Two federal teen pregnancy prevention funding issues that will have a major and negative impact on Oklahoma need your attention:

1)  TPP grants terminated early: The Teen Pregnancy Prevention (TPP) projects, administered by the HHS Office of Adolescent Health (OAH), have been notified their grants will end June 2018 — in year 3, instead of completing the 5 years awarded. This early and unexpected termination means the loss of nearly $8 million in Oklahoma for the final two-year period. These grants support TPP initiatives in Oklahoma and Tulsa counties, led by the Oklahoma City-County Health Dept. and Youth Services of Tulsa, along with a multi-county project in S.E. Oklahoma directed by the Choctaw Nation. The funding is invested in evidence-based programs with documented effectiveness that reach over 10,000 Oklahoma youth annually.

2)  TPP funding eliminated in the FY18 budgetOn July 13, the House Labor HHS Appropriations Subcommittee, chaired by Rep. Tom Cole (R-OK), passed an FY18 budget on a party-line vote. The bill totally eliminated both the OAH Teen Pregnancy Prevention Program and the Title X Family Planning Program that provides contraception for low-income families. On July 19, the full House Appropriations Committee failed to restore funding for the two important prevention programs. The next step is the Senate subcommittee and full committee; those meetings have not been scheduled yet and it’s not clear when they will be.  Sen. James Lankford (R-OK) serves on the Senate Labor HHS, Education subcommittee.

 

Why elimination of TPP funding and Title X funding hurts our state

  • Oklahoma has had the second highest (worst) teen birth rate in the nation in recent years.
  • Over one-third of all OK teen births occur in Oklahoma County and Tulsa County; both counties have zip codes with some of the highest teen birth rates in the state. Communities served by the TPP grant in S.E. Oklahoma also have high teen birth rates.
  • The major teen pregnancy prevention efforts in our state are funded, in large part, by the federal TPP grants. No state dollars have been provided for teen pregnancy prevention in well over a decade. Severe state budget cuts to education have eliminated health and prevention programs in schools.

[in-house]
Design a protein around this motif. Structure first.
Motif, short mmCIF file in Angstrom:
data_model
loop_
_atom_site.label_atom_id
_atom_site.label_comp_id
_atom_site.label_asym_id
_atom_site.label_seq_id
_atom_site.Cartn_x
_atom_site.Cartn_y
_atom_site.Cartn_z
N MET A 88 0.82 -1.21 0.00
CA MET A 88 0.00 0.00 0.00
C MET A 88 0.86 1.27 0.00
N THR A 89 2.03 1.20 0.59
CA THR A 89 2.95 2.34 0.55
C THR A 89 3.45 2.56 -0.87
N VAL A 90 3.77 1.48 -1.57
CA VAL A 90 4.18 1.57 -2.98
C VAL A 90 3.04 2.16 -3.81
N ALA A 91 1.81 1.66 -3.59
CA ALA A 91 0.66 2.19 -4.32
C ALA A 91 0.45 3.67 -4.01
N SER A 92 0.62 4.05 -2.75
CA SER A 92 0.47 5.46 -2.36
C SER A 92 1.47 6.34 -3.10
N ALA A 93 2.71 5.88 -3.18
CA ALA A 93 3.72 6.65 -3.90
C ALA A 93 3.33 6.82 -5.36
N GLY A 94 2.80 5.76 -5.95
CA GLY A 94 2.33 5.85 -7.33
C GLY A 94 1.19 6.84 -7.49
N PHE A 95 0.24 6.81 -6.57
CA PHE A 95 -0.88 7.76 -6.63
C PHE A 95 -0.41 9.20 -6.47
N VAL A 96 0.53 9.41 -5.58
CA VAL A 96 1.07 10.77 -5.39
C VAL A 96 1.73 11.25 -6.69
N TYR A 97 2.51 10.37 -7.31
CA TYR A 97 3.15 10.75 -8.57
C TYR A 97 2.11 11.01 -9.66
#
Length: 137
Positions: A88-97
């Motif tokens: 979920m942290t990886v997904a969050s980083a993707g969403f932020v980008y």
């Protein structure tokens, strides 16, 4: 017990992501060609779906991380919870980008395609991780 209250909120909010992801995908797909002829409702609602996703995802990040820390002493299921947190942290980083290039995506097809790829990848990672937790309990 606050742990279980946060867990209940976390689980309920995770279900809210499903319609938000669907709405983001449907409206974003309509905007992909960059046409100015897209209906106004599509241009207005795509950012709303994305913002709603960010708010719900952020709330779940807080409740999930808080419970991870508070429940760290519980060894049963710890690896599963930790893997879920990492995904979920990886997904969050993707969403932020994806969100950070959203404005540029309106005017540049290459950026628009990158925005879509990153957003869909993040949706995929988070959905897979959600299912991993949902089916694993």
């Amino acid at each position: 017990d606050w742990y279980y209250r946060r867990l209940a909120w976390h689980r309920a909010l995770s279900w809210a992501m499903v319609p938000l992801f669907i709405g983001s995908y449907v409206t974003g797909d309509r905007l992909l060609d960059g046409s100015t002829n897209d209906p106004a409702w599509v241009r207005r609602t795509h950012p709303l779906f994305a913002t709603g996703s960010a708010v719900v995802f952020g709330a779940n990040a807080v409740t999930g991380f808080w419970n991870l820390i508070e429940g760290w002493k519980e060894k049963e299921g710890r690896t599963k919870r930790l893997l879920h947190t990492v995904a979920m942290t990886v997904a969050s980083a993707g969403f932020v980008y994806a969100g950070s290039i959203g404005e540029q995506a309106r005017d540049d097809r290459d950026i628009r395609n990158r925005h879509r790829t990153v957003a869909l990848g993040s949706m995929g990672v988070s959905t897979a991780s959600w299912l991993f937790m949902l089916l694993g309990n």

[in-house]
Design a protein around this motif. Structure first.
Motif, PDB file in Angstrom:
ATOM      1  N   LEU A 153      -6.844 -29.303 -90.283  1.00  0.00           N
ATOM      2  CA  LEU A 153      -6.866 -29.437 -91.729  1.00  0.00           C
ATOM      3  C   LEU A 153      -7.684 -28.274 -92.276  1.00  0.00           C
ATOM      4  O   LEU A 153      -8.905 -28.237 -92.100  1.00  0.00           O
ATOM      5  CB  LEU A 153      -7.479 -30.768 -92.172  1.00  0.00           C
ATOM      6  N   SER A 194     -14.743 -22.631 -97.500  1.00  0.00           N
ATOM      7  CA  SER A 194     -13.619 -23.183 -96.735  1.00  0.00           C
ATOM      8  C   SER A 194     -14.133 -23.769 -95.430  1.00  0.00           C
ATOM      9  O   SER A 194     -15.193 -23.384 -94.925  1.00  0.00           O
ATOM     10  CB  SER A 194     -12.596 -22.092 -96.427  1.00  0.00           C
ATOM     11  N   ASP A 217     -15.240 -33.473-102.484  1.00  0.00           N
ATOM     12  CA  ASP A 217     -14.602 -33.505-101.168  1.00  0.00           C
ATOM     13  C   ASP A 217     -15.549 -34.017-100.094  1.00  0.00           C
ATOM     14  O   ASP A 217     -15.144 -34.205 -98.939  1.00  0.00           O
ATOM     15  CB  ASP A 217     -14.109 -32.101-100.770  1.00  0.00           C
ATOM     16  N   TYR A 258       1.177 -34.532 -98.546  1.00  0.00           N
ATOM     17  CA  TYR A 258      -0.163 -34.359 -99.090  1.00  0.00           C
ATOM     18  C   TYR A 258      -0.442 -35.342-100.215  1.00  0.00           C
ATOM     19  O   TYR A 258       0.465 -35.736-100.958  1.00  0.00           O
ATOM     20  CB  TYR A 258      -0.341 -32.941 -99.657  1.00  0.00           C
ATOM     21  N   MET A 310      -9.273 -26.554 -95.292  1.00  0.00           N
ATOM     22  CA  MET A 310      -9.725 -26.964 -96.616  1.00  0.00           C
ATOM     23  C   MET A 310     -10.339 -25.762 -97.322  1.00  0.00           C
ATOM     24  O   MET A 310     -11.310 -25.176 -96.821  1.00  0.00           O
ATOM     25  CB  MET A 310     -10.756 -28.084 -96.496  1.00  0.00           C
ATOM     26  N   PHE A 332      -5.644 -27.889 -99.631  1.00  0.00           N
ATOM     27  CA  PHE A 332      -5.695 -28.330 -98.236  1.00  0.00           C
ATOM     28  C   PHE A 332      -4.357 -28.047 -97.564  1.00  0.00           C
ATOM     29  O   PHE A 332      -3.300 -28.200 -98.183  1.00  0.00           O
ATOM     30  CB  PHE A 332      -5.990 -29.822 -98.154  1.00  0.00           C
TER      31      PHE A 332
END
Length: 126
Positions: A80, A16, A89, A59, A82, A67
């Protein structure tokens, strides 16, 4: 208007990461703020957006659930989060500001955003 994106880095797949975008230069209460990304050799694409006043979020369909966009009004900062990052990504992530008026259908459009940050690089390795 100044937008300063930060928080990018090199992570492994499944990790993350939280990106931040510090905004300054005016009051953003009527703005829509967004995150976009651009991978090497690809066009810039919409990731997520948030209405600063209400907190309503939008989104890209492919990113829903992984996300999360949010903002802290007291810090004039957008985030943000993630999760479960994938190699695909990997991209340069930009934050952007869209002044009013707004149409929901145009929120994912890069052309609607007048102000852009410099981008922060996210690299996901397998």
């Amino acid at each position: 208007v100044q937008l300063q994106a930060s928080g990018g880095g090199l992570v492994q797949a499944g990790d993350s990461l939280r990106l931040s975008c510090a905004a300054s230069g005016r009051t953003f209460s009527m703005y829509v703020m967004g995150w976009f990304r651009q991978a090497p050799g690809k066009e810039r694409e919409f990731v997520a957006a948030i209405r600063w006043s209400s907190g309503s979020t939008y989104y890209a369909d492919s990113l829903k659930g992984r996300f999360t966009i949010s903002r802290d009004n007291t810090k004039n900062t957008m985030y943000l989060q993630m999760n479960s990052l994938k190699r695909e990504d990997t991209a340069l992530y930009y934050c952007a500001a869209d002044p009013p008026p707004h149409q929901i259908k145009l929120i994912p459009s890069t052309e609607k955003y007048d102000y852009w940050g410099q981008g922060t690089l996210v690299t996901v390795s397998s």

• The federal TPP Program supports a wide variety of models with evidence of effectiveness, including those that focus on abstinence, those that address both abstinence and contraception, and youth development approaches. Communities can choose interventions that best meet the needs of different young people, at different points in their lives. The TPP grants focus on evidence and results, rather than ideology and mandating a single approach for all youth.
  • For over 40 years, the Title X family planning program has been one of the major public health success stories in our country.
  • Preventing teen and unplanned pregnancy is key to improving the health, education, and economic well-being of Oklahoma’s young people and families.

 

Let your voice be heard

It’s important that Oklahomans who care about these issues contact their Congressional representatives and staff ASAP — and encourage others to do the same.

For information on the federal FY18 budget process and latest updates, check the National Campaign to Prevent Teen and Unplanned Pregnancy’s Federal Policy Action Center.

For Oklahoma teen birth factsheets and program resources, check: www.healthyteensok.org.  For other teen pregnancy prevention information, contact Sharon Rodine, Youth Initiatives Director at the Oklahoma Institute for Child Advocacy (srodine@oica.org).

 

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